Gov. Andrew Cuomo signed into law on Monday the state budget, which includes workers' compensation reforms that provide cost savings for businesses and better protections for injured workers. New York has the third-highest workers' compensation costs in the nation.
Some of the employer savings include establishing more definitive limits on caps and updating medical guidelines to reflect advances in modern medicine. The changes include the capping classification for permanent partial disability for the maximum medical improvement at 2.5 years after the date of injury through the creation of a credit to employers and a panel that will study independent medical examinations. The budget creates an advisory committee to recommend new guidelines for evaluating permanent injuries to limbs. It was argued that technological advances make it easier to work with a disability. It also calls for a prescription drug formulary (see second story!).
PROTECTIONS FOR INJURED WORKERS
Injured workers will benefit from a number of workers' compensation changes. Reforms ensure swift access to hearings for injured workers not receiving benefits by allowing claimants to request a hearing if their claim isn't denied or had any action within 45 days, they also ensure that the most significantly injured workers have the right to be considered for lifetime benefits and provide relief for first responders exposed to a traumatic event at work.
EMPIRE STATE OF MIND
We'll keep watch over the implementation and development of these reforms.
The New York budget bill calls for the implementation of a comprehensive drug formulary by Dec. 31, 2017. The American Insurance Association stated a formulary can help address the problem of opioid use and abuse, which unfortunately remains one of the most pressing issues facing workers' compensation systems nationwide, including in New York.
Two Louisiana House members proposed two different workers' compensation closed drug formulary bills. Rep. Kirk Talbot proposed H.B. 592, which calls for a drug formulary based on the most recent version of the Work Loss Data Institute's Official Disability Guidelines. However, Rep. Chris Broadwater proposed H.B. 529, which calls for the creation of a workers' compensation drug formulary. We'll see how these opposing views progress.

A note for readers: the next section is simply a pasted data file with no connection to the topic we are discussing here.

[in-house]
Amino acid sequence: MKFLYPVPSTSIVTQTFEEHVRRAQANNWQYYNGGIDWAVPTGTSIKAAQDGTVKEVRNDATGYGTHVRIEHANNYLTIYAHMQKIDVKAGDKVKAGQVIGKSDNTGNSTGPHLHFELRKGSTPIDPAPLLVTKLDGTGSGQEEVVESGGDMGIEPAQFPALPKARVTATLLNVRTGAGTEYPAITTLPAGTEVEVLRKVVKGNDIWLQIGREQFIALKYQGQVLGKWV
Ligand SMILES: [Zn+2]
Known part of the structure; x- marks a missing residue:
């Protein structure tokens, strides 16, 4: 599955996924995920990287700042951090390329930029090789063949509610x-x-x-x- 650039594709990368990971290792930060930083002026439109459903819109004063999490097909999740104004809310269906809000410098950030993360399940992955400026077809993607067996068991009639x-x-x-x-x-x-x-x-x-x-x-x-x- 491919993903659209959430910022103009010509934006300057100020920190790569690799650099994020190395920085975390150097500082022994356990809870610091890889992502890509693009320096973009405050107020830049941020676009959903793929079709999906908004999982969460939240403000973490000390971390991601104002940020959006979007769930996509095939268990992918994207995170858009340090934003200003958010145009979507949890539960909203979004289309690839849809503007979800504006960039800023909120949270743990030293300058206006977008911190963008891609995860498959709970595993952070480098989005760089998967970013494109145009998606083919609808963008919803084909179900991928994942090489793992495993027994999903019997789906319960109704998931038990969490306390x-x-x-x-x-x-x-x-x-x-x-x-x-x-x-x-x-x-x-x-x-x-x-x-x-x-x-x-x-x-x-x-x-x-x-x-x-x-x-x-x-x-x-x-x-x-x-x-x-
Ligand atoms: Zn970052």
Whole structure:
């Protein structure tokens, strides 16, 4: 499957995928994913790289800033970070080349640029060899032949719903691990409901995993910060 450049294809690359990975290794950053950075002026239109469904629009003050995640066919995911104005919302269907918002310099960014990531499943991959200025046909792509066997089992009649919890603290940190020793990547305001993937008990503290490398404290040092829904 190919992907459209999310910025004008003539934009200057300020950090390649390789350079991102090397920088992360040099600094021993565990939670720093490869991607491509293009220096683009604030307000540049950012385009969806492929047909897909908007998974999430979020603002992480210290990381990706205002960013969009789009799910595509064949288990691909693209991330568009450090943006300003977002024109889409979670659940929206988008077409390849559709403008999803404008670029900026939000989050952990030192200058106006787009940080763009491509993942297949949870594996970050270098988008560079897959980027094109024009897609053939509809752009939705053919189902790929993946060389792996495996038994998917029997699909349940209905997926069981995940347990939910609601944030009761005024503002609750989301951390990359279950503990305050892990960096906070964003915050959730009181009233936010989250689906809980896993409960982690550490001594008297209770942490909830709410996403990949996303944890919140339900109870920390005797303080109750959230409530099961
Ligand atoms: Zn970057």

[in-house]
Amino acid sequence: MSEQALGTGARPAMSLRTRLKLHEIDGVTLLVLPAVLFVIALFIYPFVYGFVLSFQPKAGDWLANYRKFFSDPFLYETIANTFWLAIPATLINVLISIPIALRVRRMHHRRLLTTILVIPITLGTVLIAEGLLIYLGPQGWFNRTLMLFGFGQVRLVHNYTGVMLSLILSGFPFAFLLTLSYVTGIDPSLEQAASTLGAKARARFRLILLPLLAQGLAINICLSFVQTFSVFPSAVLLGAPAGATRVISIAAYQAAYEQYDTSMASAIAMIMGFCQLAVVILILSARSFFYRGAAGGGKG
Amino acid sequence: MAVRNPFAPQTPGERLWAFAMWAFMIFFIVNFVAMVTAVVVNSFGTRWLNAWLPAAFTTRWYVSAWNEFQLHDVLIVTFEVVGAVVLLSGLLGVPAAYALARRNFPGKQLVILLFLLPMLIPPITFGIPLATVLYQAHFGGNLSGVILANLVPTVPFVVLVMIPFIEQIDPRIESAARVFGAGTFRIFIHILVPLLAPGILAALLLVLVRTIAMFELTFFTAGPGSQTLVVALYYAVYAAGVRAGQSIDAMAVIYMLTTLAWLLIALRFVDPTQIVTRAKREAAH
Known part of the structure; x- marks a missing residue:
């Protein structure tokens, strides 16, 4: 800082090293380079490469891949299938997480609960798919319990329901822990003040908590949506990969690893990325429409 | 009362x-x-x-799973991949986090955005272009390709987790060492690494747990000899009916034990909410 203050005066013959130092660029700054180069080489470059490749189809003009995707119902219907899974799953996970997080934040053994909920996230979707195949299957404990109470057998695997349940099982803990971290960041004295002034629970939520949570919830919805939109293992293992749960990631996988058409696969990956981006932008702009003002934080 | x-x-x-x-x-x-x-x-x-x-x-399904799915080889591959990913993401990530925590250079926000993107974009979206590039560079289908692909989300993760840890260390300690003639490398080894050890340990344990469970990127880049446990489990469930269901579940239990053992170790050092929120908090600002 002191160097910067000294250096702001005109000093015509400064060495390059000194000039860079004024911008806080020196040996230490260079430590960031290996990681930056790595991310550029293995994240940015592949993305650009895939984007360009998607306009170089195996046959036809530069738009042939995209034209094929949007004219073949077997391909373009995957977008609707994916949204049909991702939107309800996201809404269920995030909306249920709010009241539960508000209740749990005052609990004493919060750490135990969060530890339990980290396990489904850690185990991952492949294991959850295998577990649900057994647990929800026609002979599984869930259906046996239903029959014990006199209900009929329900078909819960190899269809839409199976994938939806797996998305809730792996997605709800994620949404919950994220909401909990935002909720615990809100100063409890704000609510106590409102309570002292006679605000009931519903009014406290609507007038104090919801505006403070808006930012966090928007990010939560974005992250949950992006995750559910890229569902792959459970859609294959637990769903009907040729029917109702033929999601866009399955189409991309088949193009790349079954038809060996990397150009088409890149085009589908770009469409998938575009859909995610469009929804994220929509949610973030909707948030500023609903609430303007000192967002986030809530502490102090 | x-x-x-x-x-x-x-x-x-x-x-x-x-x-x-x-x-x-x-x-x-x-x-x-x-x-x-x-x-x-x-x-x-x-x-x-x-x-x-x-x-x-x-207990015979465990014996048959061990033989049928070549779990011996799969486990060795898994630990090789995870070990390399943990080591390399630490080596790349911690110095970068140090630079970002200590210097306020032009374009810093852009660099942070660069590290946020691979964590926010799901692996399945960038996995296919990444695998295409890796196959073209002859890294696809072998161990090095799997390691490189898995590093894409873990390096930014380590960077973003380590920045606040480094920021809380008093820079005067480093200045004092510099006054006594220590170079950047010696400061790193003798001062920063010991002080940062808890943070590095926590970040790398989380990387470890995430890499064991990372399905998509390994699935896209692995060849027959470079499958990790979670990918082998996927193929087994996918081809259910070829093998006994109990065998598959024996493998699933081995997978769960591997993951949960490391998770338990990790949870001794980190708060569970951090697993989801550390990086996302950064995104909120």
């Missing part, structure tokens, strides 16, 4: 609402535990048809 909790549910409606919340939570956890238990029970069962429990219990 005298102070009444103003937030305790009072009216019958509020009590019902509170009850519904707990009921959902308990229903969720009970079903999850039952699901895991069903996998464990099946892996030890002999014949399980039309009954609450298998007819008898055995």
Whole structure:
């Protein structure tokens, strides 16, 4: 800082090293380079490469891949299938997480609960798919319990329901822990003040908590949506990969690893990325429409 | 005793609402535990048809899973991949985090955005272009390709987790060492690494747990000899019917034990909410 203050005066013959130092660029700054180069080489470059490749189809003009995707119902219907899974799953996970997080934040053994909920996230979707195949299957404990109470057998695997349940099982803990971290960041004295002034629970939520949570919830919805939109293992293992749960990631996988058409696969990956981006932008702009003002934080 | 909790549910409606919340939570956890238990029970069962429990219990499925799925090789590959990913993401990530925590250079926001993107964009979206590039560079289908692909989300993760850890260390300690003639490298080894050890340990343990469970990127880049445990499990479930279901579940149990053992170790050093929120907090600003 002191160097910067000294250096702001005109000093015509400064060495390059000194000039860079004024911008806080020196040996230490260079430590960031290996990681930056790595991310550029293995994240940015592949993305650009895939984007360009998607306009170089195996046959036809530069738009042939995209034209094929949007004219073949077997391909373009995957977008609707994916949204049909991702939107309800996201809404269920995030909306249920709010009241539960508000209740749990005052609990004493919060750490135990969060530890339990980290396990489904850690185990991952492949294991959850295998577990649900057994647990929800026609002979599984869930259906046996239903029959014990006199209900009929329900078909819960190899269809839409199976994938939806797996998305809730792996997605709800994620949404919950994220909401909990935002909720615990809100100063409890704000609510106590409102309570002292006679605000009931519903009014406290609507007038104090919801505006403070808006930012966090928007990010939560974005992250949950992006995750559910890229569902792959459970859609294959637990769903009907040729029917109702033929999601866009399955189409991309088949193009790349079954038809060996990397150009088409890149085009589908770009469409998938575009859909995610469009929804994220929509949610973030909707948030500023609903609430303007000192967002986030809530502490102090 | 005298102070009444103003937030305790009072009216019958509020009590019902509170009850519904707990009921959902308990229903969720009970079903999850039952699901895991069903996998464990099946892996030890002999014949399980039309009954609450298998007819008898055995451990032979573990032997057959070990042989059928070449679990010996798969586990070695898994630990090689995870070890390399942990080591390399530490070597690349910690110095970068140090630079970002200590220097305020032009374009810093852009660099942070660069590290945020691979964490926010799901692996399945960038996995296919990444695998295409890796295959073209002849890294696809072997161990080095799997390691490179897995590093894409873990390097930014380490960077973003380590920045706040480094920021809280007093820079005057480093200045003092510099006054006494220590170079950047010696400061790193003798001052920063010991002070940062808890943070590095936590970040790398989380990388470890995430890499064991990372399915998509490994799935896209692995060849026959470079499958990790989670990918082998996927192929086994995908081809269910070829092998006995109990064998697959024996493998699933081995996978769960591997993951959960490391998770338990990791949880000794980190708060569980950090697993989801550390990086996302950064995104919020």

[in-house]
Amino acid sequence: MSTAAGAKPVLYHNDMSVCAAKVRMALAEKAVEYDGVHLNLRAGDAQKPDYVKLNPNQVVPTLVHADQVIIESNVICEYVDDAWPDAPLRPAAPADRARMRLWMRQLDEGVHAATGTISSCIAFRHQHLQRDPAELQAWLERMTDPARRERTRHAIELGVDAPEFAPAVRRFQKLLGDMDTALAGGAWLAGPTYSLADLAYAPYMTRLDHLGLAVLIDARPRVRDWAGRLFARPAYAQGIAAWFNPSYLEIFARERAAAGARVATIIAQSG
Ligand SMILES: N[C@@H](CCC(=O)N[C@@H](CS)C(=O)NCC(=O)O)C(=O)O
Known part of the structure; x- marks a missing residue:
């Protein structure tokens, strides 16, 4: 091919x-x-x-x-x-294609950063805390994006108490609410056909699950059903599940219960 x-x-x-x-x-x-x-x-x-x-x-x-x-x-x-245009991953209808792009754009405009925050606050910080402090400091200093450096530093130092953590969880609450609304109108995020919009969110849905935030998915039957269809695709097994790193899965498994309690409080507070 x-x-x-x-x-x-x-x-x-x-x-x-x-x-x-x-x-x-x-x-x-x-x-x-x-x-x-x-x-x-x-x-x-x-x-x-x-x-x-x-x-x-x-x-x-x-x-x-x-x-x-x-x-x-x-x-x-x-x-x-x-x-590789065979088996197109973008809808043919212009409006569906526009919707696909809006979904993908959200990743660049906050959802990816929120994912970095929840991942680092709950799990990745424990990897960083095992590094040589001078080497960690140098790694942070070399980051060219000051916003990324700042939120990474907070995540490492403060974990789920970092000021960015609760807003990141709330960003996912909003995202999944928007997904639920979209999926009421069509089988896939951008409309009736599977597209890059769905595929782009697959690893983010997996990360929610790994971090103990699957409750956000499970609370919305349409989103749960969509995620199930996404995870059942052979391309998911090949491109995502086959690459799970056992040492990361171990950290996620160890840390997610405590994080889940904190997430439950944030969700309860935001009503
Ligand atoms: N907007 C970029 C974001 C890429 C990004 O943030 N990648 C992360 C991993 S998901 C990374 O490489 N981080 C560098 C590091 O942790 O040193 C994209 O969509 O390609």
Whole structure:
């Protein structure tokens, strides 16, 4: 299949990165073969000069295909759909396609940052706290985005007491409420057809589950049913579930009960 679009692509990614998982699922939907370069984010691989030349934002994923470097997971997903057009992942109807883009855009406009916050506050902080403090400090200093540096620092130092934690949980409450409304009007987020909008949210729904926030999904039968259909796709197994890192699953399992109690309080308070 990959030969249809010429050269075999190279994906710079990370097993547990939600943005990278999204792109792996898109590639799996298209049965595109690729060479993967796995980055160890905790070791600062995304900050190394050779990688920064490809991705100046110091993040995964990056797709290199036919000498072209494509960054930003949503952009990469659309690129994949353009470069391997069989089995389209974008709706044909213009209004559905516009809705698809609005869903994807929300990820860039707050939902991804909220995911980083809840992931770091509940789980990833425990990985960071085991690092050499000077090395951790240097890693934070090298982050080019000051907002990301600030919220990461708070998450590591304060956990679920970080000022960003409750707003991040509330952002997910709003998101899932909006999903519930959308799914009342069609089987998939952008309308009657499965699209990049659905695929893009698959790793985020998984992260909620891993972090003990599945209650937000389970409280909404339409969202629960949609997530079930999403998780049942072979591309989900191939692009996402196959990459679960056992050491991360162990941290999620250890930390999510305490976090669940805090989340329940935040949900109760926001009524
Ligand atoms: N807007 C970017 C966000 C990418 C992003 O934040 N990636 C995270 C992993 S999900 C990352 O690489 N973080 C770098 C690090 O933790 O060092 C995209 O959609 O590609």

Making Our Way Around The Country
The Oregon Senate introduced S.B. 1046, a bill to develop a single payer health care system. In a recent RAND study assessing different options for financing health care in Oregon, single-payer and universal coverage are deemed the most promising options. The Senate Committee on Health Care scheduled a hearing on April 20 to discuss the bill and the RAND study.
A proposed workers' compensation bill, A.B. 1697, would create an anti-fraud division within the California Division of Workers' Compensation. The Fraud Division would aggressively pursue all reported incidents of probable workers' compensation fraud. The Assembly Insurance Committee will hold a hearing on the bill on April 19.
The Maine Bureau of Insurance approved the National Council on Compensation Insurance's proposed premium decrease of 4.3%. The Bureau of Insurance stated that a decrease in workers' compensation loss costs will result in more than $9 million in savings for businesses and result in a cumulative decrease of 53.6% since 1992. The new NCCI rates go into effect as of April 1, 2017.
Don't forget - we'd love to see you in the Exhibit Hall at RIMS. Please make your way to GB Booth #2527 and to the RIMS Advocacy Center at Booth #1657, where we will be pitching the RIMS federal agenda and batting around the critical legislative and regulatory issues affecting our industry.
To all who celebrate the holidays - Happy Passover and Happy Easter.
About The Way
The Way is Gallagher Bassett's weekly governmental briefing on state and federal affairs that affect our industry. We thank you for starting your Wednesday morning with us. Please be sure to follow #GBTheWay for additional news and updates as we make our way throughout the country on the issues affecting our industry. For more information, please connect with GB on LinkedIn, follow us on Twitter, or contact the authors, Greg McKenna or Cari Miller, directly.